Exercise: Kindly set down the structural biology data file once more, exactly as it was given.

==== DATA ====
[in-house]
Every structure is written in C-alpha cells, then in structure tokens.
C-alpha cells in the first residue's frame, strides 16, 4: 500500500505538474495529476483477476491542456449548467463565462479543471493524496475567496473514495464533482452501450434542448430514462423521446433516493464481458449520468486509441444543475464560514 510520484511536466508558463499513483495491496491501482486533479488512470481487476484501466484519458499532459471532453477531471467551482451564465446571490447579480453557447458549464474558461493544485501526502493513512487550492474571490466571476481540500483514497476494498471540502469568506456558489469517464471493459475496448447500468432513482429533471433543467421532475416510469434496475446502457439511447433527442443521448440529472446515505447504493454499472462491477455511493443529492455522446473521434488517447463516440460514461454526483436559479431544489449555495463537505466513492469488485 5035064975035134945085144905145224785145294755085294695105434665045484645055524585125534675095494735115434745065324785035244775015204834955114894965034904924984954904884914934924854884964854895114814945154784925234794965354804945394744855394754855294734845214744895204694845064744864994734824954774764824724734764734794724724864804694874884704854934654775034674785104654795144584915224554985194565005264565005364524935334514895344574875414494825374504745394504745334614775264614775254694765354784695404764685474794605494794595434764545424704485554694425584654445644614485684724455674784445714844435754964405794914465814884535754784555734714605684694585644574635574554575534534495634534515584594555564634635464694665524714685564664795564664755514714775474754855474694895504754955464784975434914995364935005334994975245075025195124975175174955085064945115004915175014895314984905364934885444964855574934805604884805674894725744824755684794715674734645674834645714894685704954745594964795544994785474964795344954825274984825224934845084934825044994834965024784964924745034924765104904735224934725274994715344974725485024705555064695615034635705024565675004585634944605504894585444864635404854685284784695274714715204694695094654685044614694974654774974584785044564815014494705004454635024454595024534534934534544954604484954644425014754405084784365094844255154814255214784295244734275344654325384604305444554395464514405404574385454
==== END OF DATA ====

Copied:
[in-house]
Every structure is written in C-alpha cells, then in structure tokens.
C-alpha cells in the first residue's frame, strides 16, 4: 500500500505538474495529476483477476491542456449548467463565462479543471493524496475567496473514495464533482452501450434542448430514462423521446433516493464481458449520468486509441444543475464560514 510520484511536466508558463499513483495491496491501482486533479488512470481487476484501466484519458499532459471532453477531471467551482451564465446571490447579480453557447458549464474558461493544485501526502493513512487550492474571490466571476481540500483514497476494498471540502469568506456558489469517464471493459475496448447500468432513482429533471433543467421532475416510469434496475446502457439511447433527442443521448440529472446515505447504493454499472462491477455511493443529492455522446473521434488517447463516440460514461454526483436559479431544489449555495463537505466513492469488485 5035064975035134945085144905145224785145294755085294695105434665045484645055524585125534675095494735115434745065324785035244775015204834955114894965034904924984954904884914934924854884964854895114814945154784925234794965354804945394744855394754855294734845214744895204694845064744864994734824954774764824724734764734794724724864804694874884704854934654775034674785104654795144584915224554985194565005264565005364524935334514895344574875414494825374504745394504745334614775264614775254694765354784695404764685474794605494794595434764545424704485554694425584654445644614485684724455674784445714844435754964405794914465814884535754784555734714605684694585644574635574554575534534495634534515584594555564634635464694665524714685564664795564664755514714775474754855474694895504754955464784975434914995364935005334994975245075025195124975175174955085064945115004915175014895314984905364934885444964855574934805604884805674894725744824755684794715674734645674834645714894685704954745594964795544994785474964795344954825274984825224934845084934825044994834965024784964924745034924765104904735224934725274994715344974725485024705555064695615034635705024565675004585634944605504894585444864635404854685284784695274714715204694695094654685044614694974654774974584785044564815014494705004454635024454595024534534934534544954604484954644425014754405084784365094844255154814255214784295244734275344654325384604305444554395464514405404574385454